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My PoC setup
Tools I use to test things fast
Hey everyone, I’ve been tinkering a lot with AI in the last few weeks, and I’m cooking up some really cool stuff 😁
While working on my projects, I wanted to share my setup to test out new technologies and concepts as quickly as possible.
Disclaimer: AI was used for image generation and to help rephrase a few sentences.
What I avoid in a PoC
Before we start, let’s talk about a few time wasters I tend to avoid when dealing with a PoC:
UX/UI: Even if I talk about it here, UX/UI is my biggest time waster when working on PoCs and is often the last thing I want to work on. Also, as a maker, a good UI is worthless if the feature doesn’t work.
Design systems: there are dozens out there. You can find my (current) favorite one below, so I don’t waste time writing mine.
Validation: I know what I can and can’t do with my code. No need to lock it down at first.
Global state management: Whenever I’ve used a state management library while working on a PoC, I lose myself in it instead of focusing on features. So now, I stay pure React and use custom providers as much as possible. I even wrote some code I re-use across projects to infer type safety.
While I was used to setting up local projects for developing PoC, I now use Replit as much as possible for a few key reasons:
Browser-based IDE: I can work on my code from anywhere (there is even a mobile app) as long as I have a good-enough internet connection.
Env variable handling: This allows me to easily manage protected environment variables without using extra tools.
Cmd+Enter to run and get an HTTPS URL: I can inspect and share my dev URL in a matter of minutes. It’s also really helpful when I need to test and develop webhook endpoints.
Repl templates: When looking for a base setup to get started with development in a new language or library, I just select a Repl template, and I’m ready to run the code instantly.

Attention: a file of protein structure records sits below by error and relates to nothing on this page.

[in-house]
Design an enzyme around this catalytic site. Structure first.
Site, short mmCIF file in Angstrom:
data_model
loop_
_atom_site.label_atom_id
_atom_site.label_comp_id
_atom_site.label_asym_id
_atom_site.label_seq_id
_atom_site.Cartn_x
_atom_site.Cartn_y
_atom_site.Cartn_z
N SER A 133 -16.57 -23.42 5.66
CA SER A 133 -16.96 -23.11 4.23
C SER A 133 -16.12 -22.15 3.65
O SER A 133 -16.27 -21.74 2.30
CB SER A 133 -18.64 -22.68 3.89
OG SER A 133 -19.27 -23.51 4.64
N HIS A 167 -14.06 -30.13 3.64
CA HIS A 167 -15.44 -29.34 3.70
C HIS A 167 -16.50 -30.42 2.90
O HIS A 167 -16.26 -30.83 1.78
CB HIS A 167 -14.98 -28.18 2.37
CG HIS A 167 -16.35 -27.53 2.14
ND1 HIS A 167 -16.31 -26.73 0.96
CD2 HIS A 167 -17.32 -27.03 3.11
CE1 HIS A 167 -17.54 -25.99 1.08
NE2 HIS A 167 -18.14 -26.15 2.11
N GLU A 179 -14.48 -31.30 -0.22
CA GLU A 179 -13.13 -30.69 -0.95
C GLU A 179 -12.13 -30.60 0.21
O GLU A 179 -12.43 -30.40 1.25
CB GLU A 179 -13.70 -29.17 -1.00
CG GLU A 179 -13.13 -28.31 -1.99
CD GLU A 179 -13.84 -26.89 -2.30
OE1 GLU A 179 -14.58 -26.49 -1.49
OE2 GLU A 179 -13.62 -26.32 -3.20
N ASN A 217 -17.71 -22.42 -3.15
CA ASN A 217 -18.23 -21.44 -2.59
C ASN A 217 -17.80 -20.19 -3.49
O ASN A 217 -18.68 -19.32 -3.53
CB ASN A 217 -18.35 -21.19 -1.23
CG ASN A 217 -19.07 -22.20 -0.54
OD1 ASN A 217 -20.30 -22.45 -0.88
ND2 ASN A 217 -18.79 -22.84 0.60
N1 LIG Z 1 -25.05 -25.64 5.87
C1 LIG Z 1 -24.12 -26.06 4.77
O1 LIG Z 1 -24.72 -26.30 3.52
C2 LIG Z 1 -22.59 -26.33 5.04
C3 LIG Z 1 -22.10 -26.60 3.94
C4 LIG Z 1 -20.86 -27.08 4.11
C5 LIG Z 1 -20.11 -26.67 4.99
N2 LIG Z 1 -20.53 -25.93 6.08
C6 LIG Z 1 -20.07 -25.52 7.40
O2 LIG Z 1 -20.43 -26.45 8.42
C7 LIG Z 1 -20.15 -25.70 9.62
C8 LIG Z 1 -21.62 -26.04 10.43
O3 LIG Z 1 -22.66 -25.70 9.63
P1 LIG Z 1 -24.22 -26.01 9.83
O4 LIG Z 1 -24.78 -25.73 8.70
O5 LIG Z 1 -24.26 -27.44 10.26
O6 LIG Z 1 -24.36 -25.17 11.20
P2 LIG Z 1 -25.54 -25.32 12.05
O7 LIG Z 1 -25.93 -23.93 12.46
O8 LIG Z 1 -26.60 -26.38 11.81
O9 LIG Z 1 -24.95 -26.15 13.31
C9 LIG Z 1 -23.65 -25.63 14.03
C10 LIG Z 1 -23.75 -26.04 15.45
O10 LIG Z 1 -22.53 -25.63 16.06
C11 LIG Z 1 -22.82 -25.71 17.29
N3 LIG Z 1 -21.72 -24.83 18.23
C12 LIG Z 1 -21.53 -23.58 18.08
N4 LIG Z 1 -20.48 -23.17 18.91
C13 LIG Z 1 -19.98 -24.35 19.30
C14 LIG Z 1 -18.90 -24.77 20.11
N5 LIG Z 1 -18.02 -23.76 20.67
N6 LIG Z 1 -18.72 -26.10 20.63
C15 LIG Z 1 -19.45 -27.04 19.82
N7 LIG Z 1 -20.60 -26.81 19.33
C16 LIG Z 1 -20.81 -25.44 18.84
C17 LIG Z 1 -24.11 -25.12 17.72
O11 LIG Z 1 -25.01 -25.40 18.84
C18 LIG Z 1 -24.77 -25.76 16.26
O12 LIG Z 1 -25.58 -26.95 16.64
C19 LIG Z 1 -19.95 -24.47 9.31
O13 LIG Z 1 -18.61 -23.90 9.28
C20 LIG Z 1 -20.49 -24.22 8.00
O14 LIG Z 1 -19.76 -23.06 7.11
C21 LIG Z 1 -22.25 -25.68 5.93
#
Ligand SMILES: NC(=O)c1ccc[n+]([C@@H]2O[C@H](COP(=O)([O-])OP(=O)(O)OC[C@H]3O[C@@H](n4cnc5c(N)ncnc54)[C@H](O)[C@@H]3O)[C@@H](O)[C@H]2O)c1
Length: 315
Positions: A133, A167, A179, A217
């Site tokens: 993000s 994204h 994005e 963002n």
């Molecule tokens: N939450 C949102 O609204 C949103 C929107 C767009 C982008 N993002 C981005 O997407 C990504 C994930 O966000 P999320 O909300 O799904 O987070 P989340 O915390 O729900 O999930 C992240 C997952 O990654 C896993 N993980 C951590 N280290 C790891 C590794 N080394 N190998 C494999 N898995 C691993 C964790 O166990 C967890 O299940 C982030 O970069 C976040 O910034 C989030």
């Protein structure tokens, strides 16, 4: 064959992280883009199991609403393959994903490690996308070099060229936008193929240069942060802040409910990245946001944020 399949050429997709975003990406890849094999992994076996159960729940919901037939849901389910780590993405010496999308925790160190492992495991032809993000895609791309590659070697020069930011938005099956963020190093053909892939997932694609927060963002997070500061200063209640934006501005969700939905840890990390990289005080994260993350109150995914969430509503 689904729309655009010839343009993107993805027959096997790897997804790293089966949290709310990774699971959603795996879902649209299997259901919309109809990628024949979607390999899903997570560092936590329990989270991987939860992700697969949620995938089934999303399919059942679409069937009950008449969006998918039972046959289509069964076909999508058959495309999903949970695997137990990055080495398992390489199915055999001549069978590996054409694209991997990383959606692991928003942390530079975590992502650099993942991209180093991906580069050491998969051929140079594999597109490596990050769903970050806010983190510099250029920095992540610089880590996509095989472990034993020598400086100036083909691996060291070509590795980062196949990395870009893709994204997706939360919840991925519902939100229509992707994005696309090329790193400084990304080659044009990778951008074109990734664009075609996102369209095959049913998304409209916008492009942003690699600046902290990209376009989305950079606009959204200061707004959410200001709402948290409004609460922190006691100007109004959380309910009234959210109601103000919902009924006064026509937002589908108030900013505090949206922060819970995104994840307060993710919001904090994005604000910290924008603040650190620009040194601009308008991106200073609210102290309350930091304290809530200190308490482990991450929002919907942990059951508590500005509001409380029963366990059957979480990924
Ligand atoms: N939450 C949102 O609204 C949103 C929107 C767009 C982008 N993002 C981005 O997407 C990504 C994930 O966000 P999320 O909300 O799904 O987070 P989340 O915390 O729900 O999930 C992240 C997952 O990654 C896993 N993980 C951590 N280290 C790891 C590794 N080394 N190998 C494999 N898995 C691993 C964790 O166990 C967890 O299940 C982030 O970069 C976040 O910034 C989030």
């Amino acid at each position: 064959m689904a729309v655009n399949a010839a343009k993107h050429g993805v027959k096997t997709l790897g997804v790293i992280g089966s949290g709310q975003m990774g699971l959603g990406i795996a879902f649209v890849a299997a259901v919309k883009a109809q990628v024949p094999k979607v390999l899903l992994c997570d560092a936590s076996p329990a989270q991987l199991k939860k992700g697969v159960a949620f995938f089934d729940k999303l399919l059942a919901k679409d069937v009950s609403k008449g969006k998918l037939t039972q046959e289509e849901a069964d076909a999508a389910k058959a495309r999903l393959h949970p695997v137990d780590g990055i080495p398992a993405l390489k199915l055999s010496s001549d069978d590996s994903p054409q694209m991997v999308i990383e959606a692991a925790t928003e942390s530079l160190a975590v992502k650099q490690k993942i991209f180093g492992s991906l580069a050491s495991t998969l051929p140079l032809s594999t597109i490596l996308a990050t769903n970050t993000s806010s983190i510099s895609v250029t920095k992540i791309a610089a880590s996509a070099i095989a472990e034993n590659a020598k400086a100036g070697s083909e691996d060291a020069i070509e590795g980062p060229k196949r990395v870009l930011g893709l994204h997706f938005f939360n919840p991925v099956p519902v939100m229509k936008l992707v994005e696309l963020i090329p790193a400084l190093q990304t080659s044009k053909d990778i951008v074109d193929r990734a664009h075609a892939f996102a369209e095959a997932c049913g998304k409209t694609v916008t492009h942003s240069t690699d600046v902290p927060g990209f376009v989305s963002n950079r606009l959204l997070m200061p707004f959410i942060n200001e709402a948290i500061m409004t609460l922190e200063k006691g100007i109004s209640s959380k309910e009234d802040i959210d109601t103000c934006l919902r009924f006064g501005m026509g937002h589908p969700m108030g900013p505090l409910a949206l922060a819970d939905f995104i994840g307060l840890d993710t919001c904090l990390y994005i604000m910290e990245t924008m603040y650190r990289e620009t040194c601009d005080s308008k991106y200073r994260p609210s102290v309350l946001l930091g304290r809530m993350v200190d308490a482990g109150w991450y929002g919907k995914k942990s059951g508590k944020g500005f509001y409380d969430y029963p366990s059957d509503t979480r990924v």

Integrates completion / formaters: All my usual tools (typescript, prettier, eslint) are available as soon as I install the required dependencies.
Ghostwriter: I enjoy working without Github Copilot, and I was positively surprised when trying out Replit’s Ghostwriter. On top of auto-complete, it’s available within a chat window and as a contextualized command when selecting code.
Collaborative programming: For experimental development, it’s way faster than any git-based workflow.
Regarding pricing, there is a free tier. But I recommend paying the 20$ a month subscription to access private Repls, Ghostwritter, a boosted server, and the ability to keep your dev server up. And no, in case you’re wondering, I didn’t get anything from Replit for this article.
When necessary, I switch to a traditional local git-based setup for projects. However, I've noticed that Replit takes me further every time without having to do so.
Few applications are complete without some kind of data storage. I’m a huge PostgreSQL fan because it can do almost everything other databases do:
On event functions
And many more I don’t even know of
So it shouldn’t be a surprise that my go-to service to get a project running is Supabase.
Perfect free tier for tinkering
High-level configuration through UI
Low-level configuration through SQL scripts
Authentication + Row level security when needed
And a Firebase-like JS SDK with the ability to generate Typescript typings.
Here is the stack I’m currently using out of order:
NextJS: This React framework handles 80% of my use case. I can write an API or server server-side rendered pages, which allows me to easily combine UX/UI and data.
ViteJS: Sometimes, building a SPA is required. In that case, I instantly switch to Vite for bundling.
Tailwind + DaisyUI: I still hate raw Tailwind with a passion (just look at the code tab of this example), but I always found it the easiest way to get started with styling. Fortunately, DaisyUI was the component library to win me over. It’s still pure CSS and comes packed with themes and components to make my life easier with just a few readable class names.
Typescript: Type safety and auto-completion is king. Thanks to it, I develop way faster without looking up API specs as often as I used to.
Prettier: Format on save. Enough said.
ESLint: It’s baked in with NextJS, so I use it, but it tends to slow me down for no good reason when starting up and experimenting, so sometimes I wait a bit before enabling it.
Luxon: Functional date manipulation. No more date mutation.
Lodash: Structures manipulation. Utils for objects, arrays, …
Axios: Easy data fetching for 3rd party APIs
TanStack-Query: easy query management with hooks. Combines well with Axios and other async-based APIs.
I probably missed a few and will update this article accordingly if I remember them. In case you have any recommendations for me to upgrade my PoC stack, I’m all for it, and the comments are always open.
So thanks for reading through. If you found this article helpful, I would greatly appreciate it if you could share it with others. See you next time 😉
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